West African stringed instrument with 21 strings of the family of bridge harps or harp-lutes
Harp, Lute, Soron, Bolon, Simbi, Donso Ngoni, Kamele Ngoni, Seperewa
“Oral traditions agree on general points about the history of the kora but diverge according to the family and the geographic origin of the individual speaking.
Ultimately, inquiries into the origins of the kora lead to ‘jinns’ (genies, arab.)” Quote from the book ‘Mande Music’ by Eric Charry
Toumani Diabate, Mory Kante, Foday Musa Suso, Ballake Cissoko, Madou Sidiki Diabate, Prince Diabate, Sekou Keita, N’Fali Kouyaté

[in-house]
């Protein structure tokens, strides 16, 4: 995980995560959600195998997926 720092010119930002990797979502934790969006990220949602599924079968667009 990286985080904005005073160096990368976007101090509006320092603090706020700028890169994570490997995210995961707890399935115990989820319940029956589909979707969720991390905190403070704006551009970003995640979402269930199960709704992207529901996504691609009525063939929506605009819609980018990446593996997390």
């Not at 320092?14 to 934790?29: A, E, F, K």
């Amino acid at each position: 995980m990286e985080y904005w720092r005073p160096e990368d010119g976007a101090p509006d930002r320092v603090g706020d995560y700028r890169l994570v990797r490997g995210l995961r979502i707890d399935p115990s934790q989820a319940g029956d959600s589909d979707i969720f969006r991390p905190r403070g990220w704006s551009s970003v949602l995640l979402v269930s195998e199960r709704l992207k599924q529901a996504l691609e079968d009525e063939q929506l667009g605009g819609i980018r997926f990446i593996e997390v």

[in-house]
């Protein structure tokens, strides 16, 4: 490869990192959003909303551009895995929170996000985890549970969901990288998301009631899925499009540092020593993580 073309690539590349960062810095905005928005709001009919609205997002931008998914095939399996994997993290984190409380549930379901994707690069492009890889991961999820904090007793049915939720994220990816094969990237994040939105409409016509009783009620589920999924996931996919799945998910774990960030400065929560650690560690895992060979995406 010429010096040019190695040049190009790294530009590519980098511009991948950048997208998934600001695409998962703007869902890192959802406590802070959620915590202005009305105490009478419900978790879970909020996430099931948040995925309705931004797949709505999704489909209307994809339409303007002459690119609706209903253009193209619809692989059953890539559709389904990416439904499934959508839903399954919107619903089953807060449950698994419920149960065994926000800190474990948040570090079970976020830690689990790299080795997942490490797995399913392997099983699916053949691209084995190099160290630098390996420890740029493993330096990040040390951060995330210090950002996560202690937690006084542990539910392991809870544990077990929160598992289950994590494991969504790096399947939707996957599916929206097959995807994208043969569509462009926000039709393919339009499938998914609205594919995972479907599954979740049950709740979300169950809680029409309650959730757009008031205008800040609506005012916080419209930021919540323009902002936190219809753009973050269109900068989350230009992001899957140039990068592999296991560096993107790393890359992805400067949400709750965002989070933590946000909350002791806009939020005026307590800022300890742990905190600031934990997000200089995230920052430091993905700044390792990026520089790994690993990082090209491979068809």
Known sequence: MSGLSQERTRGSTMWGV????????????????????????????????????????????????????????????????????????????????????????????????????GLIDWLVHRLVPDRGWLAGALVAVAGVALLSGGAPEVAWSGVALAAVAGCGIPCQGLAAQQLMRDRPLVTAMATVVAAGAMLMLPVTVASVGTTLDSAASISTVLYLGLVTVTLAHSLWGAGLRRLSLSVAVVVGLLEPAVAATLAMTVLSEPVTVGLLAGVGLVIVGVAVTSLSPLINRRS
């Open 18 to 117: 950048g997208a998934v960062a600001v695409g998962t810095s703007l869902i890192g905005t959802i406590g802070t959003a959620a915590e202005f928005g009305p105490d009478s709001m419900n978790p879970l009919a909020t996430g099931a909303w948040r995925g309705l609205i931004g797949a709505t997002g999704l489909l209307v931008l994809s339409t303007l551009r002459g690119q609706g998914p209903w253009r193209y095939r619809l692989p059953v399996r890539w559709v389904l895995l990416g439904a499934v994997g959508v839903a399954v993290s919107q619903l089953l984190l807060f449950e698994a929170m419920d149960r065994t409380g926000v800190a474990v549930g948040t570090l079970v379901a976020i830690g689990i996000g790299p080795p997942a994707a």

A traditional kora is built from a large calabash cut in half and covered with cow skin or goat skin to make a resonator, and has a notched bridge. The sound of a kora resembles that of a harp. The player uses the thumb and index finger of both hands to pluck the strings in polyrhythmic patterns (using the remaining fingers to hold the vertical bars on either side of the strings to secure the instrument). Ostinato patterns (“Kumbengo”) and improvised solo runs (“Birimintingo”) are played simultaneously. Kora players traditionally come from griot (jali, jeli) families who are historians, genealogists and storytellers who pass their skills and knowledge on to their descendants. The instrument is mainly played in Mali, Guinea, Senegal, and the Gambia. Koras feature 21 strings, eleven played by the left hand and ten by the right. Strings were originally made from thin strips of hide – now most strings are made from nylon monofilament or fishing line.